Grit Blogs > Adventures of Old Nebraska Dave

Food Storage area and improvements on rain barrel.

A photo of Nebraska DaveHey it's me again.  The Tulips and Daffodils are peeking up from the dark dreary depths of the under world to see what kind of year they will be beautifying.  So far they like it.  What's not to like.  The weather has been gorgeous.  Temperatures in the 40s and above with middle 30s at night.  I checked the backyard garden beds and they are thawed out but not quite dry enough to start working the soil.  I am so close to starting the fence building at Terra Nova Gardens.  I would imagine it's still a little greasy there.  That type of soil gets real sticky when wet.  I mean the kind that sticks to your boots until each foot weighs 10 pounds.  It's the kind that really grows things well but can't be rushed when it wet.  It needs a lot of compost mixed into the soil.  Of course with the size of the property, I can not only expand the garden but the composting as well.  I have a 168 foot bank that's covered with 11 years of accumulation of leaf drop from all different types of trees.  I should have enough material for garden compost for years to come.

  Storage Area Clean 

Now some of you will remember about this time last year I began to build a storage area in my basement.  News leaked out that old neighbor Dave was becoming an end of times prepper when actually all I was doing is providing a place to store a little reserve and a place to put some super bargains.  I thought it quite amusing that I would be thought of in that way but then again some weird things have happened and still happen in old Neighbor Dave's backyard.  It's all in fun and really everyone in the neighborhood gets along great.  Anyway here it is all cleaned up before construction began.

Basement Storage Area 

I have had some time to work on the area.  The insulation and drywall are installed.  The ceiling drywall was a bit of a challenge for sure.  The shelves are in there final resting place and you can see that some things are already being stored.  The top shelf has been designated for paper products.  I would like to get the ceiling light wired before the work stops except for rainy days.  This year will be a busy spring with all the garden expansion going on.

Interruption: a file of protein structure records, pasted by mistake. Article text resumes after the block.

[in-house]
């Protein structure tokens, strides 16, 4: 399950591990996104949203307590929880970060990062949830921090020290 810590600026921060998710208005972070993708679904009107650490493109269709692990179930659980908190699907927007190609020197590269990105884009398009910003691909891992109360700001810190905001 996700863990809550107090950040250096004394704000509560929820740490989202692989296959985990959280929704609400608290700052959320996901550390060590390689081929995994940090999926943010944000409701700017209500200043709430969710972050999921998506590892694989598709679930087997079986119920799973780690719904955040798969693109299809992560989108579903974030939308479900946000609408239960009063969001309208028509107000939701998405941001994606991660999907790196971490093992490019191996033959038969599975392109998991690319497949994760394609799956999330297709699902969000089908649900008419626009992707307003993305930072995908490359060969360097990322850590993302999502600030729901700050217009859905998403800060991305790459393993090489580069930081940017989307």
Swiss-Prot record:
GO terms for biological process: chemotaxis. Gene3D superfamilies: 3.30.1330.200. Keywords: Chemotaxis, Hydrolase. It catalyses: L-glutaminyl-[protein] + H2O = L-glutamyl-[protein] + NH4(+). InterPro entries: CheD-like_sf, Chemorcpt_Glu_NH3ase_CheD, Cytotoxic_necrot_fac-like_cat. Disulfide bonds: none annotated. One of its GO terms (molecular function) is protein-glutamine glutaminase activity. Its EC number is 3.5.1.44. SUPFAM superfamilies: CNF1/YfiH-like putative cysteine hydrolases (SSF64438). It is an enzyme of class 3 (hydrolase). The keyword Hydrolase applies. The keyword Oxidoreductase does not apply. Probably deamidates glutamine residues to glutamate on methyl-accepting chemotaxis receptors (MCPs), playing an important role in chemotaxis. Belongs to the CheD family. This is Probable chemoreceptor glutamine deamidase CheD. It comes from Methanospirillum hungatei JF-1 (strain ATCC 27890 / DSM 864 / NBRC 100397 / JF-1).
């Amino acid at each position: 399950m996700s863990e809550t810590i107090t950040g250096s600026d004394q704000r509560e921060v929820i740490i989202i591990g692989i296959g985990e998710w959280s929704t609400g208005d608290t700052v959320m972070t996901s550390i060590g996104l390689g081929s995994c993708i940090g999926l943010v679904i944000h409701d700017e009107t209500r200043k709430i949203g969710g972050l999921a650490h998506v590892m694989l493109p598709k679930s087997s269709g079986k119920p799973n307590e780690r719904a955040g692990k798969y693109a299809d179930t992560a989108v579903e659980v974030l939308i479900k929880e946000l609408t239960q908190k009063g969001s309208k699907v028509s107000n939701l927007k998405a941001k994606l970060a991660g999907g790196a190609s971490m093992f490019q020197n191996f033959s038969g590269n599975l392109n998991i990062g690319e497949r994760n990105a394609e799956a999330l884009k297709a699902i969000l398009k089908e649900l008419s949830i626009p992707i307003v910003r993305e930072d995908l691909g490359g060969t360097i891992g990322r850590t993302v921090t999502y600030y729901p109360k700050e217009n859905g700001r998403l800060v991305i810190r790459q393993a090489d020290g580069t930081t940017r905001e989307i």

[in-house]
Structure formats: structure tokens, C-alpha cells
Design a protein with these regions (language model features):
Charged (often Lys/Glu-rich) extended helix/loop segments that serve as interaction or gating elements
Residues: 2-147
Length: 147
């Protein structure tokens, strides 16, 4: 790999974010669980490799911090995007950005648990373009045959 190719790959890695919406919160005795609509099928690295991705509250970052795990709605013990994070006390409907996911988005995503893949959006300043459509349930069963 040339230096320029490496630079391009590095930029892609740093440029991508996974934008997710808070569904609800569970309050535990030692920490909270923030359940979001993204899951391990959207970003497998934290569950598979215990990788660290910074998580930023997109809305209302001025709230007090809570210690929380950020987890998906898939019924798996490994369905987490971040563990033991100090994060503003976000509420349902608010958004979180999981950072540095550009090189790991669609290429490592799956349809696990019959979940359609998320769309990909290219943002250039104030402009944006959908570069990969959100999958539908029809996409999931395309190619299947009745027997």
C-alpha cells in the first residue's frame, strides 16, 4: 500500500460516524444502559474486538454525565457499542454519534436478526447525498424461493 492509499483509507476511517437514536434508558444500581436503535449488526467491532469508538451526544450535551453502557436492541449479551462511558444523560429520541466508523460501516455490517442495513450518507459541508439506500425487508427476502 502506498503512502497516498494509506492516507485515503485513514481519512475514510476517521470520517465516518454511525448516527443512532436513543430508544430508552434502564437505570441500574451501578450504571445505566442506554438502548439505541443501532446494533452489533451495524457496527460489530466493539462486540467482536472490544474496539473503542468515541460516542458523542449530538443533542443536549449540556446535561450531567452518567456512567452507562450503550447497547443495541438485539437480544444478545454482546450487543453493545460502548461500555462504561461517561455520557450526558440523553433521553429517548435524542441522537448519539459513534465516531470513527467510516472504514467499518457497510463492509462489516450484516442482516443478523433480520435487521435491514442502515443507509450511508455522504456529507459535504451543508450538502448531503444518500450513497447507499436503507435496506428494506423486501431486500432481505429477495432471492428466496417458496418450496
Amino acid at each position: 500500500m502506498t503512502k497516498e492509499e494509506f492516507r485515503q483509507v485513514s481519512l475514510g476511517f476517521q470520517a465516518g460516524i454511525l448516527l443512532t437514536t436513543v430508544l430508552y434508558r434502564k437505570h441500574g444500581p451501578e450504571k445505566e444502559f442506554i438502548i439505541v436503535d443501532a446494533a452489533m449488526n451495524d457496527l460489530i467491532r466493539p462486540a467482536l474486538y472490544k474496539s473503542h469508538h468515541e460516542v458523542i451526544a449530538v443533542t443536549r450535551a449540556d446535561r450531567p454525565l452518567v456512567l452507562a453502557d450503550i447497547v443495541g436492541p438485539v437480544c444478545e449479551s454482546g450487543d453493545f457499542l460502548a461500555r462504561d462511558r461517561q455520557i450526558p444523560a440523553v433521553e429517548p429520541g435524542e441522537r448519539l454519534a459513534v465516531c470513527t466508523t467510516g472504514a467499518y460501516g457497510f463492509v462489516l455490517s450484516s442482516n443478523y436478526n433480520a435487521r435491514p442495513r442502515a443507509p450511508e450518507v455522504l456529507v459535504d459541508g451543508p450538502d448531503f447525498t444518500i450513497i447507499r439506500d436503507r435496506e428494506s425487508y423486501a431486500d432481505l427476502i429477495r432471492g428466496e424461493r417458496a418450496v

Storage Area Light 

As you recall .... well maybe you don't, I purchased two shop lights to install as ceiling lights.  What's the difference?  The ceiling light is made to attach to a ceiling electrical box and has a fancy frosted cover over the lights.  The shop light has an electrical cord that's plugged into an outlet, hangs by chains from the ceiling, and has no fancy cover over the lights.  The shop light is about $15 to $20 cheaper than the regular ceiling light.  Well, those that have been reading my blog know that I am not into spending more money than necessary even if it involves more labor.  Such is the case with converting a shop light into a ceiling light.,  The manufacturers of the shop lights must have anticipated guys like me and designed the light with the ballast off center.  The ballast is an electrical gizmo that makes the lights work.  Since the electrical cord was removed a hole had to be cut through the fixture to allow the electrical wires into the light.

Storage light fixture and box cover 

This is the ceiling electrical box cover that will be attached to the light fixture and then mounted to the ceiling light.  Sorry for being too technical for those that could care less.  It shouldn't take more than an hour or so to get the light mounted and wired up.  Then the real work begins.  I am going to put a wall up to block off this area from the rest of the basement.  It will be insulated and drywalled as well.  The most exciting part of this project will be installing a door.  That should be a real trip.  I will try to build the door casing and actually hang the door.  Doors come in the casing with the hinges installed and the knob hole already cut.  Yeah, you're getting the idea that I just like to do things the hard way.Rain catch barrel